They are minimizing differences, and
looking for common ground to stand
upon. They feel the need for co oper
ation and harmony, and unity of action,
as well as purpose. The church Feder
ation movement is the outgrowth of
this spirit, and it is one of the great
forward movements of the age May
it not mean that we are approaching
the time when there shall be the realiza
tion of the prayer of the Savior, so full
of tenderness and love. ' 'Neither pray
I for these alone but for them also
which shall believe on me through
their word; that they may be one; as
Thou, Father, art in me, and I in Thee,
that they may also be one in us, that
the world may believe that Thou hast
sent me." Does it not seem from
these closing words, that He, with
prophetic eye, looking down the centu
ries, saw the division and jealousies of
His disciples, and realized, that while
they continued, the world would not be
lieve His message? And if this be true
is it not a terrible responsibility resting
upon His followers, that they have thus
been stumbling blocks to the world's
The Christmas story is the story of the
beginning of the kingdom of peace, for
peace and love abide together.
Love, peace, and joy, this was the
message of the angel to the shepherds
of the plains, this was the song of the
heavenly host, and this was the mision
of the Bethlehem babe.
As the church is turning its thoughts
in the spirit of unity, to the world's
evangelization, and to the means for its
accomplishment, so the minds of our
greatest men are dealing with the prob
lems of the world's peace. We are
talking of disarmament, of international
courts, and of ways to preserve peace
among nations. Only a few days ago,
one man gave over eleven million dol
lars to be used in this cause. It was a
generous gift, and I doubt not the
Prince of Peace was behind it, for God
works by human instrumentalities in
the accomplishment of his great pur
poses. When peace shall come in all of its
fulness into the hearts of men, "The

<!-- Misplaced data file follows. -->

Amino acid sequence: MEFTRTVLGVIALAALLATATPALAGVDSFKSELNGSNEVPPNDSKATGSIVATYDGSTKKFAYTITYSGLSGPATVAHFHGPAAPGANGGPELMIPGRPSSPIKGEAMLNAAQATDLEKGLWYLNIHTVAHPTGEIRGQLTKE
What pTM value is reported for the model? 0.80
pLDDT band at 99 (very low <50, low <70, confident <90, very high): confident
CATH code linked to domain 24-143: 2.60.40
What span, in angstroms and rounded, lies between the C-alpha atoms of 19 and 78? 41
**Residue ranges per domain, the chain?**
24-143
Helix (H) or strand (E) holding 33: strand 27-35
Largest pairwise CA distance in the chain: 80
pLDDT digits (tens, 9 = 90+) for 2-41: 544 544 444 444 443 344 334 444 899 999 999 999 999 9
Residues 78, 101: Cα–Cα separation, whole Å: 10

peace that passeth all understanding,"
then shall be fulfilled the prophesy,
"They shall beat their swords into
plowshares, and their spears into prun
ing hooks: nation shall not lift up
sword against nation, neither shall they
learn war any more."
That we have not attained to this
condition is due to the fact that the
world has not been willing to accept
the message of peace in the breadth
and fullness of the offer.
Is there something in this Christmas
story for us as individuals? Are our
hearts responsive to the promptings of
its spirit? Have we learned the lesson
that it teaches? That life well lived, is
duty done: duty Js service; and the
highest service we can render to God,
and the most acceptable to Him, is
service to our fellowman.
Mr. J. N. Coffey, who has been a
very successful merchant in this place
for .ten or twelve years, sold his inter
est in the store of Coffey & Patteson,
last week, to Mr , S. G. Denny. The
inventory has been taken and Mr. Den
ny is now a full partner of Mr J. F.
Patteson. They will continue the bus
iness at the same stand, the style of
the firm being Patteson & Denny.
Some years ago Mr. Denny removed
from Clinton county to Adair, making t
many friends since located here. Every
4)ody knows. Jo Patteson to be a high
gentleman and we predict that the
new firmwill do a good business. Mr.
Coffey will have the best wishe3 of all
his former customers in whatever bus
iness he may undertake.
Death in Roaring Pire
may not result from the work of fire
ougs, but often severe burns are caused i
that make a quick need for Bucklen's
Arnica Salve, the quickest, surest cure
for burns, wounds, bruises, boils, aores.
It subdues infflammatlon. It kills pain.
it soothes and heals. Drives off skin j
eruptions, ulcers or piles. Only '25c at.
Paull Drue Co. oiL.., rc&'aq
Monday was county court. A fair
crowd in town and business reasontbly j
How the Candidates Stand at the End of the Sixth
COUNTERS, J. W. FLOWERS, BRUCE
Ballots cast in Piano contest to Monday night, 7 p.m., Jan. 2, 1910.
Nellie Follis, Columbia 283 000
Rose Hunn, Columbia 246 X25
Julia Price, Bliss 19!) 675
Bell Hutler, Columbia 7 152 625
Alva Knight, Jamestown 151 200
Mrs. J. C Browning, Milltown - 148 825
Ethel Moore. Purdy .v 144 200
Mary Squires, Columbia .c ' 127 950
Ada Feese, Cane Valley 117 700
Madge Rosenfie'.d, Columbia r. . . 115 600
Nora Bradshaw, Montpelier 113 600
Ella Conover, Columbia 102 000
Rosa Bell, Nell 88 100
Fannie Sandusky, Glensfork 83 875
Allie Garnett, Columbia 55 800
Grace Dudley, Glensfork 54 600
Nellie Waggener, Columbia 54 425
Creel Nell, Gradyville ... 54 200
Lucile Winfrey, Columbia 48 400
Rosa May Conover, Montpelier ' -. . . . 47 700
Nancy Wiliis, Columbia 43 700
Mary Miller, Columbia '.;.':.. 43 200
Mrs C. M. Russell, Columbia ' .'n 42 400
Lois Hollady, Columbia 41900
LuttieJBarger, J oppa '. v. 39 900
Helen Upton. Glensfork .. . . .. 39 900
lna Hulse. Columbia. . ! .- T-. . . . 37 600
Mrs. Dan Clark, Columbia '. 37 325
Virgie McLean, Columbia : . . . 33 900
Estelle Bennett, Purdy ': ? .Tj,... 33 000
Hulda McFarland, Rowena - 7 . . 32 800
Minnie Rodgers, Milltown . ' 31 900
Louise Grissom, Columbia t". 31 600
Mrs. B. M. Currie, Columbia J ...... 30 200
Mattie Hatcher, Milltown .....'. 28 00
Mabel Hindman, Columbia 27 550
Zella Fields, Breeding '. 26 300
Lee Vista Royse, Columbia 20 200
Mallie Moss, Columbia '......'' 17 700
Bettie Loy, Fairplay " 16 600
Lula Royse, Garlin 13 300
Mrs. Sallie Kelley, Cane Valley 9 300
Mattie Gibson, Breeding, 9 100
Annie L. Blakeman, Milltown ft 8 500
Mary Caldwell, Milltown 7 150